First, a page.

By Vanessa Friedman

I wanted to start this week’s blog post with something light and funny like I always do, but I feel like it would be irresponsible not to touch on the terrorist attack that occurred in Israel on Wednesday. A bomb exploded near a bus stop at the Jerusalem Central Bus Station, wounding 39 people and killing one person. It’s difficult to pin an emotion on the event; as is always the case with attacks in Israel, the country seems determined to continue on with life as usual. Jerusalem Mayor Nir Barkat was quoted in the Jerusalem Post saying that everyone must “return to your normal lives so that the terrorists don’t think they can win.” As Israeli as I try to be about the attack, I do feel somewhat unnerved.

But as Mayor Barkat requested, we return to our normal lives. What that means for this week’s blog is focusing on OTZMAnik Shoshana Tell, known affectionately around Haifa as both a future medical student and an avid Justin Bieber fan, and the volunteer work she’s doing.

Shoshana volunteers with Magen David Adom, Israel’s national emergency medical service, known in Israel as MADA. She also volunteers at the children’s hospital at Rambam Medical Center, and with the high school students at Ironi Aleph. Her heart really belongs to MADA, though.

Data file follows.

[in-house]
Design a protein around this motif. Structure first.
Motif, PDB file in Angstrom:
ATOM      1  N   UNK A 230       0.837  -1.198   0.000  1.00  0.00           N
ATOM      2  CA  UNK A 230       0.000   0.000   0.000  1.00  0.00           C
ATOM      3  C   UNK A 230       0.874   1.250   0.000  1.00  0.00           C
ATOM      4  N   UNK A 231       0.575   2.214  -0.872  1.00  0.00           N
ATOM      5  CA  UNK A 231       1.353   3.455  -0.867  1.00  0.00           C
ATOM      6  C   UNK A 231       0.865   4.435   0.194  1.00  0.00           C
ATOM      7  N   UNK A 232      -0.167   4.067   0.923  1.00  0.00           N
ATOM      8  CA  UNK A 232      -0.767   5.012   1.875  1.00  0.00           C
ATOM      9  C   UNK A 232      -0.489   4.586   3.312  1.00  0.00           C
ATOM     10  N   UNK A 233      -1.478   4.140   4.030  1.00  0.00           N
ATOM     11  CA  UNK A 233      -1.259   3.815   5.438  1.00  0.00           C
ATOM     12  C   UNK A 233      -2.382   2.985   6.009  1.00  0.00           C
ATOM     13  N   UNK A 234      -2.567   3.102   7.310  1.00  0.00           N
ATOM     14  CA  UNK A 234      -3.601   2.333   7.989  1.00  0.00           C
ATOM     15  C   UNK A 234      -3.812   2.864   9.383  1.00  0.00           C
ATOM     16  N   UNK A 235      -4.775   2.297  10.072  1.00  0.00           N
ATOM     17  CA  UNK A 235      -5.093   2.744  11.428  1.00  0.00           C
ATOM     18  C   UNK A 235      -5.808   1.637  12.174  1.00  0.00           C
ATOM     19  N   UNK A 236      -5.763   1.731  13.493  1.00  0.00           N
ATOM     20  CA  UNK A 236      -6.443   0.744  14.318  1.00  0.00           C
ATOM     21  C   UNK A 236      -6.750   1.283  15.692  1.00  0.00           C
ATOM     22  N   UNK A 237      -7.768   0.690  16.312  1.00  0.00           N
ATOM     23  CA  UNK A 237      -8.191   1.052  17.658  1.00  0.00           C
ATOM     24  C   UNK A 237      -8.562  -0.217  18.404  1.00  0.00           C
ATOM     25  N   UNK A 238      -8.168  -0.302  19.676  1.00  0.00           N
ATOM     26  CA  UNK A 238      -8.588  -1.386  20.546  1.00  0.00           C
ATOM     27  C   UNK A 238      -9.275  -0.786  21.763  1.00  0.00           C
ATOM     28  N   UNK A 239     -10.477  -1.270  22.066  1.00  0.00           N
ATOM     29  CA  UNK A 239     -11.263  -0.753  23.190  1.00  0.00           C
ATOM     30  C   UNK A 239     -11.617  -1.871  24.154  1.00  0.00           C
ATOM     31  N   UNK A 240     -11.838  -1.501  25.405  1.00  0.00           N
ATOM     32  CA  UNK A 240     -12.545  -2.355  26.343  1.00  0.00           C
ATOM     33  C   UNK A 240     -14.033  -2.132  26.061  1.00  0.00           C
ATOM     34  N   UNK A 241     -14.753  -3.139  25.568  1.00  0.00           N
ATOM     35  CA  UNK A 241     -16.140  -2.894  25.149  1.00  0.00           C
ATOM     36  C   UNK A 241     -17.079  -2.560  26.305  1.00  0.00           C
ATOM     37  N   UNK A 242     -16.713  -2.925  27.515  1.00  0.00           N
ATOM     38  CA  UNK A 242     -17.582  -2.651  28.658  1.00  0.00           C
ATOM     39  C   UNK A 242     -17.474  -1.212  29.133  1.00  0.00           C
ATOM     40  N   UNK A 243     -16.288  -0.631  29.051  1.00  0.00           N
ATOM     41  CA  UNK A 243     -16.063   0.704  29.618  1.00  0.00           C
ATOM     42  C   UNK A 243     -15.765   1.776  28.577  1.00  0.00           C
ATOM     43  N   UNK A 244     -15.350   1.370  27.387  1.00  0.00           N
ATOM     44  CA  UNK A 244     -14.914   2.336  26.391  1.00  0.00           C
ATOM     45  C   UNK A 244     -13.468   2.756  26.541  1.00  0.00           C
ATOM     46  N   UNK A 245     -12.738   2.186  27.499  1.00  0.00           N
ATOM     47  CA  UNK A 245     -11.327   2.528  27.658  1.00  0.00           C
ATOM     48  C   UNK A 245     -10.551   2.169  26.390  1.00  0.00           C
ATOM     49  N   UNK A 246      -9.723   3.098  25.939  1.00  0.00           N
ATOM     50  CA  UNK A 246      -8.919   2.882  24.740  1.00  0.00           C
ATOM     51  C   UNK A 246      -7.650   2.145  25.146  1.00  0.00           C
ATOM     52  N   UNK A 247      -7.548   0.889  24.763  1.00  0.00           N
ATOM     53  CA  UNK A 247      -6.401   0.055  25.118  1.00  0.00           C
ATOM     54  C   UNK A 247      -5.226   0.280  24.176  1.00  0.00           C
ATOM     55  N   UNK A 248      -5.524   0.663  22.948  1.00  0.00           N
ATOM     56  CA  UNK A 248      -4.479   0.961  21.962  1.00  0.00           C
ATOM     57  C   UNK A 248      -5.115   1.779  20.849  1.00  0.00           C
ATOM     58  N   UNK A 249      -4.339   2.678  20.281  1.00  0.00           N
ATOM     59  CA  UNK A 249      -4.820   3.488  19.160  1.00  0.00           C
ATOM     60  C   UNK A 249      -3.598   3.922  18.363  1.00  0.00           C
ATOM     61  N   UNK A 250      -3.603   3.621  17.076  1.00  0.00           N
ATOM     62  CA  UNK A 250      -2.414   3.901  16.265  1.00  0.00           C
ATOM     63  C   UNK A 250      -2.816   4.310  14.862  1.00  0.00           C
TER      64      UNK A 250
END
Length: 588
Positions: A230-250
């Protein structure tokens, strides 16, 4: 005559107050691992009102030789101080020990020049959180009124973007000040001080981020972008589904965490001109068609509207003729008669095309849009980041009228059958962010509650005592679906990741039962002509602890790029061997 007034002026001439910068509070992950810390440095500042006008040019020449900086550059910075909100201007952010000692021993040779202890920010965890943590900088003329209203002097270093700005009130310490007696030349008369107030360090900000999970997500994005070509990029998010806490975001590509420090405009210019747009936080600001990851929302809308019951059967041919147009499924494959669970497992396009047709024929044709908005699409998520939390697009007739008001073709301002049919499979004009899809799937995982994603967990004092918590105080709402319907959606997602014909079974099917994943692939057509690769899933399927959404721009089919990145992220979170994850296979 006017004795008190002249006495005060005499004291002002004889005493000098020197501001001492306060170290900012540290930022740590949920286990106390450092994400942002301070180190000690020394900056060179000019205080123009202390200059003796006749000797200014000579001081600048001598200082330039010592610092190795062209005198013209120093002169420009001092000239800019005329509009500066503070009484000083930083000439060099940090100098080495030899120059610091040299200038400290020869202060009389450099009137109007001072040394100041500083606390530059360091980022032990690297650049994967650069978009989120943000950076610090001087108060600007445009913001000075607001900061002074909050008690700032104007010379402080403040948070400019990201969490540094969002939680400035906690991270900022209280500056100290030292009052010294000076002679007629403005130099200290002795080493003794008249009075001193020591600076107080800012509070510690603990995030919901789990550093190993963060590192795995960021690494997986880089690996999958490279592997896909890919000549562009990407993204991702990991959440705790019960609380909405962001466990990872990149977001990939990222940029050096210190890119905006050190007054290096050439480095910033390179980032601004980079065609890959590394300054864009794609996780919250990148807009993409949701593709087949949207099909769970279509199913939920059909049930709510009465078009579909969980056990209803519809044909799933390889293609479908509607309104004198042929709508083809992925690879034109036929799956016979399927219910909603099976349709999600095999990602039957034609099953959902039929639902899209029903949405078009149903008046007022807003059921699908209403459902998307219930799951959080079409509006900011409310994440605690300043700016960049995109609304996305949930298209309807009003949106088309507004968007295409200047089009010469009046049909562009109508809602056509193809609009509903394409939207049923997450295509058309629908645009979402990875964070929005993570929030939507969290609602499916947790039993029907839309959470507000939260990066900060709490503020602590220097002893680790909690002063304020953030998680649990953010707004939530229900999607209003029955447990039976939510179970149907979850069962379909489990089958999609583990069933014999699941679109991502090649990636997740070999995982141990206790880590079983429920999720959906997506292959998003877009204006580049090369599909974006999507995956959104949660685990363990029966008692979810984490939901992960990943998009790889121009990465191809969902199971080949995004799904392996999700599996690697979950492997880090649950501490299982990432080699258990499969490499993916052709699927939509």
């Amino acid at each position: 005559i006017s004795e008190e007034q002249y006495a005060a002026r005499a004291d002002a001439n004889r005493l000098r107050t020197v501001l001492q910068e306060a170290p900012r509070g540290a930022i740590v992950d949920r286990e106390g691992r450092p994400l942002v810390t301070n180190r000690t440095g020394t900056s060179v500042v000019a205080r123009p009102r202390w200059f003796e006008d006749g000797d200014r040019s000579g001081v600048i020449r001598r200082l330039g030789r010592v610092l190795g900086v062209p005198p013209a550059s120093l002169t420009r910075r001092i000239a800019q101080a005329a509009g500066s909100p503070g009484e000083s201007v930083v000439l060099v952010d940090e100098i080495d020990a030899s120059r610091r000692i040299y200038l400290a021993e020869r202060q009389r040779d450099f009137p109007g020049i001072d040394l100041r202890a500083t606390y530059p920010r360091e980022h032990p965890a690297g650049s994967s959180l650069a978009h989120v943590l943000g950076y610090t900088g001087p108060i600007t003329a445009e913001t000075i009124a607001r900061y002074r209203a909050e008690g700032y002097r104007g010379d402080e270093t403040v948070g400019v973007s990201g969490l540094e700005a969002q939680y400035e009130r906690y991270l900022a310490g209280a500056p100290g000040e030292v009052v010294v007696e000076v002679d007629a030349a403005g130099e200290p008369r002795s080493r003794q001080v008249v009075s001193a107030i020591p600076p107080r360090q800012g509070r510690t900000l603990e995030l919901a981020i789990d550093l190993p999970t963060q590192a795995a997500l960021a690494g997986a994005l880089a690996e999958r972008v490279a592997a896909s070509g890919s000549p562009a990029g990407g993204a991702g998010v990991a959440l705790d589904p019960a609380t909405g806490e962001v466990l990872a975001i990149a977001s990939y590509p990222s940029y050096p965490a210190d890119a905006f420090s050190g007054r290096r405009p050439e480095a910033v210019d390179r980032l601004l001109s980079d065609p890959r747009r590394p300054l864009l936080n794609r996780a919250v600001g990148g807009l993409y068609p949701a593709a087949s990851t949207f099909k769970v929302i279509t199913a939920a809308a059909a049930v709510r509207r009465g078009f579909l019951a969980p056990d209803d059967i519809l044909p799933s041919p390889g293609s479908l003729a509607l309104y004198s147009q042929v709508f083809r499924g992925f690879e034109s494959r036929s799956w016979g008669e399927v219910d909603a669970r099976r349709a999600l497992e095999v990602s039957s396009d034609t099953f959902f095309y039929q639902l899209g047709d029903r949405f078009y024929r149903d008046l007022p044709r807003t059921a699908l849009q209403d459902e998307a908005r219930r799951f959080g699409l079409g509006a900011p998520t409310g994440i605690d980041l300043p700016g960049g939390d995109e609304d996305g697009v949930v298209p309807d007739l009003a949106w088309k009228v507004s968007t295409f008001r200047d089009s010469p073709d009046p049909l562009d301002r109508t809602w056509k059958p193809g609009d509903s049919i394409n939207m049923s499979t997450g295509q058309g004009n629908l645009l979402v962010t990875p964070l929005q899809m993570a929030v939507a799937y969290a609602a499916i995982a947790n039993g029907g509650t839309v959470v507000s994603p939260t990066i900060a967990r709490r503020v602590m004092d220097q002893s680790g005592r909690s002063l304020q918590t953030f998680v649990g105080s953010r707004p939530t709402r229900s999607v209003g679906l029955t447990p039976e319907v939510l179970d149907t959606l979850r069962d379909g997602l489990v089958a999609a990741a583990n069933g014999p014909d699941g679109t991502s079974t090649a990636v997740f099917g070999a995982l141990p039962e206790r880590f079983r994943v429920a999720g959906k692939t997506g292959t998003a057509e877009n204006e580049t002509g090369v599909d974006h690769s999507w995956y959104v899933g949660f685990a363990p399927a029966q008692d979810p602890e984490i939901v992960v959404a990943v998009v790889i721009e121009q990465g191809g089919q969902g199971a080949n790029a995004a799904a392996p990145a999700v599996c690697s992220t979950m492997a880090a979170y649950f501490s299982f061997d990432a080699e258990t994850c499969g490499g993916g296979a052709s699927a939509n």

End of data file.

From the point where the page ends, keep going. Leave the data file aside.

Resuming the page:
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Shoshana was set on volunteering with MADA since high school: “I heard about it and immediately knew I wanted to participate one day,” she said. “It seemed like an incredible way to practice my Hebrew, be exposed to Israeli culture, and above all, to give back…Israelis give two to three years of service to the country, and as a Jew I feel like it is my responsibility to serve Israel, too.” Luckily, both training and volunteering with MADA fit neatly into her OTZMA schedule, and she has been working with the medical service since right after Sukkot, first in Ashkelon and now in Haifa.

created at: 2011-03-23Both training and volunteering with MADA are intense; the training was a ten day program that provided physical skills and also instructions for symptoms and diagnosis. Shoshana explained that she uses the tool set she gained at training in her day to day work at MADA. One of the most interesting experiences Shoshana has had since volunteering was picking up Palestinian patients from Gaza and taking them to Israeli hospitals; MADA Ashkelon does this daily, and Shoshana accompanied the ambulance twice. Though (thankfully) her shifts farther north here in Haifa are actually quieter than the shifts she did in Ashkelon, she never minds when the station is calm.  “Even when we don’t have calls, a non-busy shift is still very educational because of the people working with me; the Haifa station is very diverse and it’s really inspiring to hear everyone’s story.” The diversity of Haifa is what appeals most to Shoshana; she ascribes a homey feeling to the city, a comfort level that she does not experience elsewhere. “I love Haifa,” Shoshana said, happy and confident in her new home.

And so life in Israel continues, just like normal.

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